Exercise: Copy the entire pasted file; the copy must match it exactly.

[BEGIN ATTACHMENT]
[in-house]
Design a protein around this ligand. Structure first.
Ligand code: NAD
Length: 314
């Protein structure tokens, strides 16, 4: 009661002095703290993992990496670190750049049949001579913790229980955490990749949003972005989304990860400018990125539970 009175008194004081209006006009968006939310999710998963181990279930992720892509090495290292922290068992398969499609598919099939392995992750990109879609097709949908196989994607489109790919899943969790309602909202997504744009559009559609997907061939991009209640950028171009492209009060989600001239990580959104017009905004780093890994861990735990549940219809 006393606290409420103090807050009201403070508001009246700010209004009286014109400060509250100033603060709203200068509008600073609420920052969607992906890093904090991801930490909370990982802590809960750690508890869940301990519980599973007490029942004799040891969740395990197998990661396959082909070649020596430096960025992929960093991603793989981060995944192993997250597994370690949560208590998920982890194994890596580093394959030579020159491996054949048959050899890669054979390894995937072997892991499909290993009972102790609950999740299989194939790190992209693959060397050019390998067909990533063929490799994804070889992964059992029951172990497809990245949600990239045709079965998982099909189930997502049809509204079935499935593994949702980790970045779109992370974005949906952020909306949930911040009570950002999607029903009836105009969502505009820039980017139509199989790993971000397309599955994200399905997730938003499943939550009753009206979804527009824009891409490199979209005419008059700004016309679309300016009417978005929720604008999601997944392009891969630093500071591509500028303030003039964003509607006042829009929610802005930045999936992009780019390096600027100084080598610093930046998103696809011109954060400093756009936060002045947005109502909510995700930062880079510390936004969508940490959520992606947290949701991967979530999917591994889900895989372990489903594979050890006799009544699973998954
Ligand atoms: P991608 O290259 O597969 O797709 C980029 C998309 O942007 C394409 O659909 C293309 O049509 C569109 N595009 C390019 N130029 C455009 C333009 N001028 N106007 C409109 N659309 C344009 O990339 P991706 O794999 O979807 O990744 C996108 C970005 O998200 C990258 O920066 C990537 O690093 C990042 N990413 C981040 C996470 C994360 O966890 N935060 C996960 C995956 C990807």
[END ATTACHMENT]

[in-house]
Design a protein around this ligand. Structure first.
Ligand code: NAD
Length: 314
């Protein structure tokens, strides 16, 4: 009661002095703290993992990496670190750049049949001579913790229980955490990749949003972005989304990860400018990125539970 009175008194004081209006006009968006939310999710998963181990279930992720892509090495290292922290068992398969499609598919099939392995992750990109879609097709949908196989994607489109790919899943969790309602909202997504744009559009559609997907061939991009209640950028171009492209009060989600001239990580959104017009905004780093890994861990735990549940219809 006393606290409420103090807050009201403070508001009246700010209004009286014109400060509250100033603060709203200068509008600073609420920052969607992906890093904090991801930490909370990982802590809960750690508890869940301990519980599973007490029942004799040891969740395990197998990661396959082909070649020596430096960025992929960093991603793989981060995944192993997250597994370690949560208590998920982890194994890596580093394959030579020159491996054949048959050899890669054979390894995937072997892991499909290993009972102790609950999740299989194939790190992209693959060397050019390998067909990533063929490799994804070889992964059992029951172990497809990245949600990239045709079965998982099909189930997502049809509204079935499935593994949702980790970045779109992370974005949906952020909306949930911040009570950002999607029903009836105009969502505009820039980017139509199989790993971000397309599955994200399905997730938003499943939550009753009206979804527009824009891409490199979209005419008059700004016309679309300016009417978005929720604008999601997944392009891969630093500071591509500028303030003039964003509607006042829009929610802005930045999936992009780019390096600027100084080598610093930046998103696809011109954060400093756009936060002045947005109502909510995700930062880079510390936004969508940490959520992606947290949701991967979530999917591994889900895989372990489903594979050890006799009544699973998954
Ligand atoms: P991608 O290259 O597969 O797709 C980029 C998309 O942007 C394409 O659909 C293309 O049509 C569109 N595009 C390019 N130029 C455009 C333009 N001028 N106007 C409109 N659309 C344009 O990339 P991706 O794999 O979807 O990744 C996108 C970005 O998200 C990258 O920066 C990537 O690093 C990042 N990413 C981040 C996470 C994360 O966890 N935060 C996960 C995956 C990807």